Bay Area News Group:
A Renewed Push For A CA Health Equity And Racial Justice Fund

Nonprofit health clinics, tribal organizations and other community groups are renewing their push for a $100 million per year health equity and racial justice fund after Gov. Gavin Newsom left it out of the state budget last year. Democratic lawmakers had included the fund in their version of the state budget last year as part of a broader public health package focused on reducing racial disparities. Supporters noted how COVID-19 has exacerbated long-standing health inequities with a disproportionate number of Black and Latino residents experiencing higher rates of illness and death. (Bedayn, 2/14)

Health Care Benefits Key Battleground For California’s Adjunct Community College Faculty 

Health care benefits have emerged as a battleground for adjunct instructors, who are critical to the mission of California’s community colleges to educate about 1.5 million of the state’s most vulnerable students. The 72 local districts that govern the colleges and the state have virtually ignored a nagging issue: There is little funding to cover health benefits for two-thirds of their academic workforce. (Peele, 2/14)

Los Angeles Times:
Climate Crisis And Systemic Inequities Drive Push To Reform California Water Laws

California’s mountain snowpack is shrinking, and climate change is intensifying the severe drought. Streams have dwindled and reservoirs have declined as vast quantities of water are diverted for farms and cities. Endangered fish are struggling to survive. And in farming areas in the Central Valley, hundreds of families are struggling with dry wells as groundwater levels continue to drop. (James, 2/13)

The Washington Post:
Experts Offer Guidelines For Safely Reviving Drowning Victims During Pandemic 

Mouth-to-mouth resuscitation can save a life. But in the era of covid-19, it can also put lives at risk. That’s the odd dilemma faced by people who respond to drownings. Giving the air that is so necessary to drowning victims could also result in the transmission of the coronavirus. Now, an international group of resuscitation and drowning experts has weighed in on how to safely revive a drowned person. (Blakemore, 2/13)

A Strike At The Heart Of Roe 

To see what the future of abortion could be in the United States, look to Texas. Across the country, conservative foes of abortion rights have pushed “heartbeat bills” that would ban abortion after about six weeks of pregnancy, when an embryo’s cardiac activity can be detected. Journalist Amy Littlefield and a team of law and journalism students from UC Berkeley investigate how this law went from being dismissed as a fringe idea, even by traditional right-to-life groups, to getting enforced in Texas. (2/12)

Fresno Bee:
Fresno Allocates Nearly $6.2 Million For Affordable Housing 

The Fresno City Council has conditionally approved a nearly $6.2 million loan for a proposal by developers Ed Kashian and Sal Gonzales to bring new affordable housing units to the Fancher Creek area. FCTC Family LP — represented by Gonzales and Kashian, according to city documents — proposed building 120 multifamily apartment units in southeast Fresno, called Sarah’s Court Apartments, that would be dedicated affordable housing for at least 55 years, through the state’s Low Income Housing Tax Credit program. (Garibay, 2/12)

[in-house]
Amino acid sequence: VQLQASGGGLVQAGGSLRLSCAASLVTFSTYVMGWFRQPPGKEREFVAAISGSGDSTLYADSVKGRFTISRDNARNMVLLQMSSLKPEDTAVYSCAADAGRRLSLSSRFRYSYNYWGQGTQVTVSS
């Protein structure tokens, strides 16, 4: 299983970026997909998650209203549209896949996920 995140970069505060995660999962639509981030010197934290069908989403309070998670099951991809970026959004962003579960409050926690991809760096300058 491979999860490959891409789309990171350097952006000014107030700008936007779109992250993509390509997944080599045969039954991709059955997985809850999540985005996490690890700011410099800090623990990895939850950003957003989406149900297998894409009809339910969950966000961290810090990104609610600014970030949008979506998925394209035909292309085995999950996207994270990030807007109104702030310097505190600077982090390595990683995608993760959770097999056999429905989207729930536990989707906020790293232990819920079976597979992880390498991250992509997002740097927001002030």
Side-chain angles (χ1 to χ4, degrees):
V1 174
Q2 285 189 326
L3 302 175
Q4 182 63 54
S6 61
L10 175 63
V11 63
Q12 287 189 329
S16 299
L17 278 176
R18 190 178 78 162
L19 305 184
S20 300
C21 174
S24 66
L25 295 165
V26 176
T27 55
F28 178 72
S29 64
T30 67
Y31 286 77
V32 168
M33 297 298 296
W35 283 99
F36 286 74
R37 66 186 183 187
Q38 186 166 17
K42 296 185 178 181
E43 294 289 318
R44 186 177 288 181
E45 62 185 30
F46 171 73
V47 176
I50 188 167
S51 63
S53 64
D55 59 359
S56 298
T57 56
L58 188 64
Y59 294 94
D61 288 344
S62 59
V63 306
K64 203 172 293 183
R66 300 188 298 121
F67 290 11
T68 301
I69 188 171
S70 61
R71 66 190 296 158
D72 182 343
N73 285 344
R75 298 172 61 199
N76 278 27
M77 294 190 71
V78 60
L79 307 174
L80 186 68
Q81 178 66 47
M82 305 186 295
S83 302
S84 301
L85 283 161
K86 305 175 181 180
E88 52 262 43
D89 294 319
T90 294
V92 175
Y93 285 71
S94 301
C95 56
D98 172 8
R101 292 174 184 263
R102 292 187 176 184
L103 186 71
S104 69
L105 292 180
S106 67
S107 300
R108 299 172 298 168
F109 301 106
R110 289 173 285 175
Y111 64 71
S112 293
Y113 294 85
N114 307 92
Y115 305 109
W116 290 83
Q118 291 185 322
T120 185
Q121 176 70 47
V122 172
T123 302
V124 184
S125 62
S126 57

Sacramento Bee:
Placer County To Vote On Anti-Camping Ordinance For Homeless 

Placer County has a growing homeless population on its government campus and the community is conflicted about how to deal with it. The county for the past month has been embroiled in a controversy over a proposed ordinance that would make it illegal for homeless individuals to set up camps on county property or in fire-prone areas while it has available beds in its shelters. (Sullivan, 2/14)

Modesto Bee:
Turlock Homeless Emergency: Has City Helped Unsheltered? 

As Turlock passed the seven-month mark of its declared unsheltered homeless crisis, community members from shelter providers and business owners to people living on the streets shared varying perspectives on the issue. Some of the unsheltered called on the city to change its strategy, while shelter providers said they have not reached capacity since the city began the local emergency July 9. (Lam, 2/13)

Modesto Bee:
Turlock Council Faces Opposition On Housing Program Change 

The Turlock City Council’s recent vote to remove the city as lead of a housing partnership and hand responsibility to the county does not mean the issue is set in stone, said Angela Freitas, Stanislaus County’s director of planning and community development. The program, called the HOME Consortium, provides funding for First Time Home Buyer (FTHB) loans and property acquisition for seniors, low income households, transitional housing, domestic violence victims and affordable units for the homeless. (Briseño, 2/13)

San Francisco Chronicle:
Moms 4 Housing Took A Stand Against Oakland’s Housing Crisis. Now Their Home Has Its First Residents

Two years ago, a group of young homeless mothers and their children won a battle over a vacant home in Oakland, catapulting the group Moms 4 Housing to international attention and shining a light on the city’s skyrocketing homeless crisis.I n late December, the first official tenants — a mother and her toddler son — moved into the West Oakland home on Magnolia Street where sheriff’s deputies had arrived two years ago in armored vehicles to break down the doors and forcibly remove several families living illegally in the property. (Ravani, 2/12)